Server virtualisation is a good example; the number of virtual servers in a virtualised data centre greatly exceeds the number of physical servers before virtualisation. And every virtual server requires other virtual resources like LUNs, for example.
Virtualise the whole data centre, not just part of it.
Roberto Salucci, SNIA Europe Italian Committee member,
In a virtualised infrastructure, the total number of resources (physical and logical) to be managed increases dramatically and is a major contributor to management headaches. Business requirements add to these issues. One way of addressing them is through real-time (or near real-time) provisioning, one of the benefits offered by virtualisation.
Beyond increasing infrastructure efficiency, virtualisation enables flexible provisioning, an equally important benefit. In the current economic climate, IT departments must react in near real-time when business conditions change, because markets do no wait. In fact, in a virtualised environment, the word "flexible" is often coupled with "fast."
Another benefit of virtualisation is system availability, as this enables thousands of virtual resources and hundreds of physical resources to be monitored and managed quickly and without errors.
A Gartner study shows that 40% of unplanned outages are caused by operation errors, and these are more likely to increase with the complexity of the environment and the need to make decisions quickly.
Keys to successful management in a virtualised environment
Virtualise the whole data centre, not just part of it. Doing part will cause many more issues than virtualising everything. Strategies like, "I'm going to virtualise servers today, leaving storage for later when it will be needed" will not work.
Physical resources cannot be provisioned as fast as virtual ones, and are not as flexible. Matching virtual servers with physical storage or virtual storage with physical servers can be hard, but provisioning an application with virtual and real resources in a short time could be nearly impossible. To be effective, virtualisation must be adopted holistically.
Automation is the key
One of the characteristics of virtualisation is that virtual resources are perceived as inexpensive (a virtual server or a thin-provisioned gigabyte do not cost the same as the real ones) and hence tend to multiply. At the current pace of growth, the number of virtual resources that have to be managed in a data centre will overcome, in a few years, the capacity a human being can control. In other words, someone else will have to do the job in the future.
Options include system administrators ensuring efficient and effective management of the resources in a virtualised data centre, and employing management tools that enable policy-based automation.
These tools, triggered by specific events detected by the monitoring tools, will manage the virtual environment and take the appropriate actions, driven by a rules database. The policy-based automation systems can be instructed, for example, to monitor storage usage, predict possible shortages and prevent these shortages by dynamically provisioning thinly provisioned volumes to applications from appropriate pools of storage, or to move a virtual server from one physical server to another in case of performance problems or some fault that has been detected.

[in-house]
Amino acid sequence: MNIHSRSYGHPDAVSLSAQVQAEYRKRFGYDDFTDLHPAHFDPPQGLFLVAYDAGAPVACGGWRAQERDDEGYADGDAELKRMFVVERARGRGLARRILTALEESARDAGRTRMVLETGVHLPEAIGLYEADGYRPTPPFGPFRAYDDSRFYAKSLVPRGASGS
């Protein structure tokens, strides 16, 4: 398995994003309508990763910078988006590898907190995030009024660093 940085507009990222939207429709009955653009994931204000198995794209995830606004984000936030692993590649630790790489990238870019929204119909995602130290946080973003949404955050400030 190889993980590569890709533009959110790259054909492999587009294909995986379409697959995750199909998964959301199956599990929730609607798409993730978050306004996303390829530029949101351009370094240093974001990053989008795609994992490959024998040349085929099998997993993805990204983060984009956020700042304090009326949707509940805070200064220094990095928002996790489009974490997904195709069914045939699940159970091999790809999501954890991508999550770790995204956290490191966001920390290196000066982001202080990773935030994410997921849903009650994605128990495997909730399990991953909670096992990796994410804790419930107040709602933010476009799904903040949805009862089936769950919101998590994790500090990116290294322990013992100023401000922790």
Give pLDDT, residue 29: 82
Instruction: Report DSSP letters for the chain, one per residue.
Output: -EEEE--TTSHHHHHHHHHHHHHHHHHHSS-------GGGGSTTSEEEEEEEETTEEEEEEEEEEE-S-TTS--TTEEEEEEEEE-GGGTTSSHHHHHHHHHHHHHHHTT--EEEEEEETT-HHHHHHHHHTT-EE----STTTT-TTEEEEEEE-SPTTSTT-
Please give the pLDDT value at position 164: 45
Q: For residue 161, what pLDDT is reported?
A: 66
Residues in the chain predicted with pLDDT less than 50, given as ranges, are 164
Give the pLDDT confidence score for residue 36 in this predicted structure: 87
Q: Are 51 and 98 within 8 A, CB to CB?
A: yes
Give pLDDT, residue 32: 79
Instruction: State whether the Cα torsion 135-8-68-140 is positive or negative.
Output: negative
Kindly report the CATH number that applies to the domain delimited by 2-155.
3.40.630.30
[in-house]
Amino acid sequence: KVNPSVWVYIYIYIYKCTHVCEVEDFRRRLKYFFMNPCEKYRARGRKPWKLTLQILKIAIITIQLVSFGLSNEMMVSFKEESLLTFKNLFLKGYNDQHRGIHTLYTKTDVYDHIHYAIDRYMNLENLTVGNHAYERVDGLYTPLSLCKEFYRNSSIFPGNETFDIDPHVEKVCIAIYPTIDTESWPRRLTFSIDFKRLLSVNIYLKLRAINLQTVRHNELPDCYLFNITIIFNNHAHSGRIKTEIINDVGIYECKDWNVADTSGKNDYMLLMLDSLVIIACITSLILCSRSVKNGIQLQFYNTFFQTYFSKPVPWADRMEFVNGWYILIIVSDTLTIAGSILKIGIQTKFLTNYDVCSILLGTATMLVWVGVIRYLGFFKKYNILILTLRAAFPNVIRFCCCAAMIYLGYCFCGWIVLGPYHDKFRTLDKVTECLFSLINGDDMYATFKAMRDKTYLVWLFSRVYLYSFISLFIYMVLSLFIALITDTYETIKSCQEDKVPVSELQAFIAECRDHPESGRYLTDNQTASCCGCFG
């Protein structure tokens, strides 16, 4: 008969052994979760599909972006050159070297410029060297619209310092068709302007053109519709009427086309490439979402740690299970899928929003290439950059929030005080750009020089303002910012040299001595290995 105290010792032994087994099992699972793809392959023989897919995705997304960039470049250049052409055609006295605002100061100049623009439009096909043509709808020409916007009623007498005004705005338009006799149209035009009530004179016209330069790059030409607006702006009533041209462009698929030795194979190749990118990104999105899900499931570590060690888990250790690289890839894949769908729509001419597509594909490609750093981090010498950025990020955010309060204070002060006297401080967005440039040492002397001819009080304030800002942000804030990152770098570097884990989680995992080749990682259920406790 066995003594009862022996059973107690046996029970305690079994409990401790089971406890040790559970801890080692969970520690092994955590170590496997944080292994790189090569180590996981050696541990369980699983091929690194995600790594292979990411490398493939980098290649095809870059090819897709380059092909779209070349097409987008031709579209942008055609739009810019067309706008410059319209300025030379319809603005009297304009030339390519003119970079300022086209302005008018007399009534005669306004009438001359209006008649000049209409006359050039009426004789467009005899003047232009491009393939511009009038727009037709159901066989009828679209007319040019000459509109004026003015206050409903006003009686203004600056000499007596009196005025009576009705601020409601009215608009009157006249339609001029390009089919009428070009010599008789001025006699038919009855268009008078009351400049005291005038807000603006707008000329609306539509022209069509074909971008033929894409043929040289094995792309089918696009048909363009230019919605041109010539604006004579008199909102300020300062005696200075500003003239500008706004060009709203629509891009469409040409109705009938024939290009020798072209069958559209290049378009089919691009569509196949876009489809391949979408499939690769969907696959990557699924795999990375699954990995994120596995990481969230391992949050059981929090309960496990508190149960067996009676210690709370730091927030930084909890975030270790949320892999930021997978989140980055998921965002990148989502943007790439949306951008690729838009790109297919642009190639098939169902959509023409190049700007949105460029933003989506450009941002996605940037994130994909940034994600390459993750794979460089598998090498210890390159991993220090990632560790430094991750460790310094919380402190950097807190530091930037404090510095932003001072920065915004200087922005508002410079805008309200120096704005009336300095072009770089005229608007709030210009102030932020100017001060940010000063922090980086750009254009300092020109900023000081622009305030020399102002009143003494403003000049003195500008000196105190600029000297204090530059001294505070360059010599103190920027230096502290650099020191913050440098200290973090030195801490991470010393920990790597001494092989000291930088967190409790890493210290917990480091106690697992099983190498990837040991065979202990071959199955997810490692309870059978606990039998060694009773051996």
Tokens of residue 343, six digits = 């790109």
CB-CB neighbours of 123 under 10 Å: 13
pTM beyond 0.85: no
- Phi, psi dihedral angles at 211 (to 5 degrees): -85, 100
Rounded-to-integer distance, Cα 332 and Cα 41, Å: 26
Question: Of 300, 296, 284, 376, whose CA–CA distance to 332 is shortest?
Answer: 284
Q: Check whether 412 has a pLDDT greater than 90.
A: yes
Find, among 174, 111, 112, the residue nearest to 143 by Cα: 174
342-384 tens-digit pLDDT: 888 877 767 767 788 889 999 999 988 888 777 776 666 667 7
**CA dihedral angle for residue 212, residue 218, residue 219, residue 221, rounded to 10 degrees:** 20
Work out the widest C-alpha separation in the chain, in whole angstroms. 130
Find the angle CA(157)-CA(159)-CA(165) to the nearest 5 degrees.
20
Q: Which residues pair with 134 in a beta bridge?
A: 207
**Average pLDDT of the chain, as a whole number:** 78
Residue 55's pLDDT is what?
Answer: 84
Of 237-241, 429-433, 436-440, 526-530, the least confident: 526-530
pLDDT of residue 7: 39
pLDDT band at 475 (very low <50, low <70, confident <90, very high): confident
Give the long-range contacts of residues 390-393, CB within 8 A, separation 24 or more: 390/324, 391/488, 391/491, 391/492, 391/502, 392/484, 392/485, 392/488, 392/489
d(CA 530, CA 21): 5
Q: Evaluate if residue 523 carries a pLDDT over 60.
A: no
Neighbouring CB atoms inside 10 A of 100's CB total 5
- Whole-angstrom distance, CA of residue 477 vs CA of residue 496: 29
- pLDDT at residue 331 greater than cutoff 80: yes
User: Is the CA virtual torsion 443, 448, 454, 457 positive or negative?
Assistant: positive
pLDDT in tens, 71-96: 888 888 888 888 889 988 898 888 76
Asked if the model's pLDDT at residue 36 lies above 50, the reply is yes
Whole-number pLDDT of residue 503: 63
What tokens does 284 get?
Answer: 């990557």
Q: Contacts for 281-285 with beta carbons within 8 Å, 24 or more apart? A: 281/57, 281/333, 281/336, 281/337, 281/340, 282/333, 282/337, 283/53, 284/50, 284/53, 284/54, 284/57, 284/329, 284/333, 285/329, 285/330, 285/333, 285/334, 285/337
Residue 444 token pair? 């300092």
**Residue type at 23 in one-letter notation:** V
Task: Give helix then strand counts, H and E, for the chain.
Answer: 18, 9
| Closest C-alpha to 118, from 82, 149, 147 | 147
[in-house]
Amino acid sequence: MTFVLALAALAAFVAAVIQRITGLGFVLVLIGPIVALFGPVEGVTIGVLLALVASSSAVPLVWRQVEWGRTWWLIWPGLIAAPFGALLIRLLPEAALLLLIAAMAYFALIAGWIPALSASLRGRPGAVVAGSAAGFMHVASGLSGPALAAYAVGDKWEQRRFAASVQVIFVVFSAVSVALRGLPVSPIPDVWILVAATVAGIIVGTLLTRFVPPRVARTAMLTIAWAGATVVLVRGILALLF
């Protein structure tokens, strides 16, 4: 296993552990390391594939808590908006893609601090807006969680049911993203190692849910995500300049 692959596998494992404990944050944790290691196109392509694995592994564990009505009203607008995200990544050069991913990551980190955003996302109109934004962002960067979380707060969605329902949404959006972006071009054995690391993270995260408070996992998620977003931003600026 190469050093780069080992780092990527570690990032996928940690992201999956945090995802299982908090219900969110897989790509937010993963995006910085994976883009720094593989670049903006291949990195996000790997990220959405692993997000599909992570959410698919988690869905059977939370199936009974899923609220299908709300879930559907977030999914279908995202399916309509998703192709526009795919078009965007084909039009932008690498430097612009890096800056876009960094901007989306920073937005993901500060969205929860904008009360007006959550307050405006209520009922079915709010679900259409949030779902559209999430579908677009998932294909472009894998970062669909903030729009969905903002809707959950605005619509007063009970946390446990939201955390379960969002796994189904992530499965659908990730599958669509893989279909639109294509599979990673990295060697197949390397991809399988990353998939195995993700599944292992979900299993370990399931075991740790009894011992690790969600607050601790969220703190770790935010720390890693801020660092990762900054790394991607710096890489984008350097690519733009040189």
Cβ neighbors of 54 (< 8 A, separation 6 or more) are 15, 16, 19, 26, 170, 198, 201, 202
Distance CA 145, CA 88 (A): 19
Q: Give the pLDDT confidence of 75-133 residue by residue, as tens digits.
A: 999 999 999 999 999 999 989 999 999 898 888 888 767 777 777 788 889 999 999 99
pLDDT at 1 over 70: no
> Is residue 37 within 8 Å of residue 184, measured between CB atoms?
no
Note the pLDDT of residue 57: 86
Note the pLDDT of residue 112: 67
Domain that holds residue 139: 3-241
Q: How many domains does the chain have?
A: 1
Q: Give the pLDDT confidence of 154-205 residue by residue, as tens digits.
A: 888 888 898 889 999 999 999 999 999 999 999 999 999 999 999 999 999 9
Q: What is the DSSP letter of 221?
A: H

Automation environments ensure faster reaction times and dramatically reduce the possibility of operational errors inherent in repetitive tasks in a complex environment, and can consequently increase overall system availability.
The costs associated in the realisation of policy-based automation can be high, but a comprehensive cost/benefit analysis should show that the costs of not automating would be higher, and a return on investment analysis can show that the investment could be repaid typically in 12 to 18 months.
Orchestration is the future
The next challenge is related to the fact that current management tools are resource specific: there are storage resource management tools, network management tools, system management tools, application management tools and so on.
Each tool manages, and possibly automates, a specific set of resources with its own management console, its own GUI and its own Command Language Interface, and interfaces between them can be poor. Today, building a single policy-automated environment encompassing the whole virtual data centre could turn out to be a rather complex task.
As a consequence, a new generation of tools, called orchestrators, is appearing in the market. Their main benefit is the coordination, or orchestration, of all management tasks for the various types of virtual or physical resources that are intended to simplify the life of data centre administrators.
Roberto Salucci is a SNIA Europe Italian Committee member and a contributor to SearchVirtualDataCentre.co.UK.
This was first published in August 2010